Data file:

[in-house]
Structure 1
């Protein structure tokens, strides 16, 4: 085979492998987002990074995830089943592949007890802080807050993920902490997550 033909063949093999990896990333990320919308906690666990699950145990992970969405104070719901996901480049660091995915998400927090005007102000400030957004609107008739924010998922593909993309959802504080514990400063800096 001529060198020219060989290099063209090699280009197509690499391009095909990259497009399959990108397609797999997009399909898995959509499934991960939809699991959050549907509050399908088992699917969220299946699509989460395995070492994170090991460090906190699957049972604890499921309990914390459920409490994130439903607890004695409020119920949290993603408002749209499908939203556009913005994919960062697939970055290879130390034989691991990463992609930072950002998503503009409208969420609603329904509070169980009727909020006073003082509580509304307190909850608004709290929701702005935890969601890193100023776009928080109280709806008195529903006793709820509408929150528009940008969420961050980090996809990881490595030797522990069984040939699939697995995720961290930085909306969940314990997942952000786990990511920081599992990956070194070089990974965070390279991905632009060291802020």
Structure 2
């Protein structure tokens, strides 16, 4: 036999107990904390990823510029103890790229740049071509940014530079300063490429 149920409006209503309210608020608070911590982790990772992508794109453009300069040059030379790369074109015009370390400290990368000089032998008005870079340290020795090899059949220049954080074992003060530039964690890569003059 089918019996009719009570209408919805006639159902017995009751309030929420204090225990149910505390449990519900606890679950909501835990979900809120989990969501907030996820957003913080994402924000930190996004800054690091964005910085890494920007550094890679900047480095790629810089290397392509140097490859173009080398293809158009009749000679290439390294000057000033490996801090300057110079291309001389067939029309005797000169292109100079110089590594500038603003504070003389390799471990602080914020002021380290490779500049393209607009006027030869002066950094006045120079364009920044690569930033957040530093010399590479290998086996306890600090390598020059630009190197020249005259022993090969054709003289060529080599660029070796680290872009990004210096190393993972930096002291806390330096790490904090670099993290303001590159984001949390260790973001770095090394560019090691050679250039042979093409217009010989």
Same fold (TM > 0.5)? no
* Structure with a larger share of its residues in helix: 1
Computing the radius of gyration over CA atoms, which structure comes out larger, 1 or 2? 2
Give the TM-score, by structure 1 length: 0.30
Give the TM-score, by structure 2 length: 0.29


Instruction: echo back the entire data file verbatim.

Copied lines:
[in-house]
Structure 1
């Protein structure tokens, strides 16, 4: 085979492998987002990074995830089943592949007890802080807050993920902490997550 033909063949093999990896990333990320919308906690666990699950145990992970969405104070719901996901480049660091995915998400927090005007102000400030957004609107008739924010998922593909993309959802504080514990400063800096 001529060198020219060989290099063209090699280009197509690499391009095909990259497009399959990108397609797999997009399909898995959509499934991960939809699991959050549907509050399908088992699917969220299946699509989460395995070492994170090991460090906190699957049972604890499921309990914390459920409490994130439903607890004695409020119920949290993603408002749209499908939203556009913005994919960062697939970055290879130390034989691991990463992609930072950002998503503009409208969420609603329904509070169980009727909020006073003082509580509304307190909850608004709290929701702005935890969601890193100023776009928080109280709806008195529903006793709820509408929150528009940008969420961050980090996809990881490595030797522990069984040939699939697995995720961290930085909306969940314990997942952000786990990511920081599992990956070194070089990974965070390279991905632009060291802020």
Structure 2
């Protein structure tokens, strides 16, 4: 036999107990904390990823510029103890790229740049071509940014530079300063490429 149920409006209503309210608020608070911590982790990772992508794109453009300069040059030379790369074109015009370390400290990368000089032998008005870079340290020795090899059949220049954080074992003060530039964690890569003059 089918019996009719009570209408919805006639159902017995009751309030929420204090225990149910505390449990519900606890679950909501835990979900809120989990969501907030996820957003913080994402924000930190996004800054690091964005910085890494920007550094890679900047480095790629810089290397392509140097490859173009080398293809158009009749000679290439390294000057000033490996801090300057110079291309001389067939029309005797000169292109100079110089590594500038603003504070003389390799471990602080914020002021380290490779500049393209607009006027030869002066950094006045120079364009920044690569930033957040530093010399590479290998086996306890600090390598020059630009190197020249005259022993090969054709003289060529080599660029070796680290872009990004210096190393993972930096002291806390330096790490904090670099993290303001590159984001949390260790973001770095090394560019090691050679250039042979093409217009010989």
Same fold (TM > 0.5)? no
* Structure with a larger share of its residues in helix: 1
Computing the radius of gyration over CA atoms, which structure comes out larger, 1 or 2? 2
Give the TM-score, by structure 1 length: 0.30
Give the TM-score, by structure 2 length: 0.29